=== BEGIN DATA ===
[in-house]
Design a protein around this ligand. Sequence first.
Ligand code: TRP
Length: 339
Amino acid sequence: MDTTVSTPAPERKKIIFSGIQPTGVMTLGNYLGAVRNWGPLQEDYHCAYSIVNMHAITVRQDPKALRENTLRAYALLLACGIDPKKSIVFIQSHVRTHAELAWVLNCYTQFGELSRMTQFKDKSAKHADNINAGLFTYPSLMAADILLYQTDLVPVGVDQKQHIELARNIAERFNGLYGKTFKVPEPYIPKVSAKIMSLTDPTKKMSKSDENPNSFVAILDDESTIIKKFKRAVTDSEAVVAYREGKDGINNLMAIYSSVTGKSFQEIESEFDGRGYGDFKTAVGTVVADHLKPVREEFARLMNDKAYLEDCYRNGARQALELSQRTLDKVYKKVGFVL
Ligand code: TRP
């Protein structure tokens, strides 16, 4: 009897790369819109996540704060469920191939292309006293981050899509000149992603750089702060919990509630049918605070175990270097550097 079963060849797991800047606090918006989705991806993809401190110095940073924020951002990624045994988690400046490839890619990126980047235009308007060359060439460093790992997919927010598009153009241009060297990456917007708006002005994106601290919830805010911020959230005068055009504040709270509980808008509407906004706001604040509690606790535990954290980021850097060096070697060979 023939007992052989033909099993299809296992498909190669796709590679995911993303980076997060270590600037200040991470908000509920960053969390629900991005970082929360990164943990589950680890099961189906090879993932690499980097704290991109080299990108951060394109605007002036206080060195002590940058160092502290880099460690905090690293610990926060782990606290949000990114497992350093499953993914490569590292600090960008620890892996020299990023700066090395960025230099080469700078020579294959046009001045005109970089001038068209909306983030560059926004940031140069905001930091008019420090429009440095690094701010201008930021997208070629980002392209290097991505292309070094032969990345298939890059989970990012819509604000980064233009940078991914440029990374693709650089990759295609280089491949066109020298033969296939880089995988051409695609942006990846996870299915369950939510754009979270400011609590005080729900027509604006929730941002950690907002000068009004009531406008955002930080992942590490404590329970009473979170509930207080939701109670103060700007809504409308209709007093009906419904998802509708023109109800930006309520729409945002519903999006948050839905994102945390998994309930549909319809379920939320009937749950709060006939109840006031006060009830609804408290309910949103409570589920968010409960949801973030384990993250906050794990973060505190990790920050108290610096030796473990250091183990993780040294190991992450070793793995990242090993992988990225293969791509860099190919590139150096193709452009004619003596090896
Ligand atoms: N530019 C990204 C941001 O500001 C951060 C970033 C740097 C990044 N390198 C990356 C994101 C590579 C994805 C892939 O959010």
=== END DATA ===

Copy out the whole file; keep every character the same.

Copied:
[in-house]
Design a protein around this ligand. Sequence first.
Ligand code: TRP
Length: 339
Amino acid sequence: MDTTVSTPAPERKKIIFSGIQPTGVMTLGNYLGAVRNWGPLQEDYHCAYSIVNMHAITVRQDPKALRENTLRAYALLLACGIDPKKSIVFIQSHVRTHAELAWVLNCYTQFGELSRMTQFKDKSAKHADNINAGLFTYPSLMAADILLYQTDLVPVGVDQKQHIELARNIAERFNGLYGKTFKVPEPYIPKVSAKIMSLTDPTKKMSKSDENPNSFVAILDDESTIIKKFKRAVTDSEAVVAYREGKDGINNLMAIYSSVTGKSFQEIESEFDGRGYGDFKTAVGTVVADHLKPVREEFARLMNDKAYLEDCYRNGARQALELSQRTLDKVYKKVGFVL
Ligand code: TRP
């Protein structure tokens, strides 16, 4: 009897790369819109996540704060469920191939292309006293981050899509000149992603750089702060919990509630049918605070175990270097550097 079963060849797991800047606090918006989705991806993809401190110095940073924020951002990624045994988690400046490839890619990126980047235009308007060359060439460093790992997919927010598009153009241009060297990456917007708006002005994106601290919830805010911020959230005068055009504040709270509980808008509407906004706001604040509690606790535990954290980021850097060096070697060979 023939007992052989033909099993299809296992498909190669796709590679995911993303980076997060270590600037200040991470908000509920960053969390629900991005970082929360990164943990589950680890099961189906090879993932690499980097704290991109080299990108951060394109605007002036206080060195002590940058160092502290880099460690905090690293610990926060782990606290949000990114497992350093499953993914490569590292600090960008620890892996020299990023700066090395960025230099080469700078020579294959046009001045005109970089001038068209909306983030560059926004940031140069905001930091008019420090429009440095690094701010201008930021997208070629980002392209290097991505292309070094032969990345298939890059989970990012819509604000980064233009940078991914440029990374693709650089990759295609280089491949066109020298033969296939880089995988051409695609942006990846996870299915369950939510754009979270400011609590005080729900027509604006929730941002950690907002000068009004009531406008955002930080992942590490404590329970009473979170509930207080939701109670103060700007809504409308209709007093009906419904998802509708023109109800930006309520729409945002519903999006948050839905994102945390998994309930549909319809379920939320009937749950709060006939109840006031006060009830609804408290309910949103409570589920968010409960949801973030384990993250906050794990973060505190990790920050108290610096030796473990250091183990993780040294190991992450070793793995990242090993992988990225293969791509860099190919590139150096193709452009004619003596090896
Ligand atoms: N530019 C990204 C941001 O500001 C951060 C970033 C740097 C990044 N390198 C990356 C994101 C590579 C994805 C892939 O959010």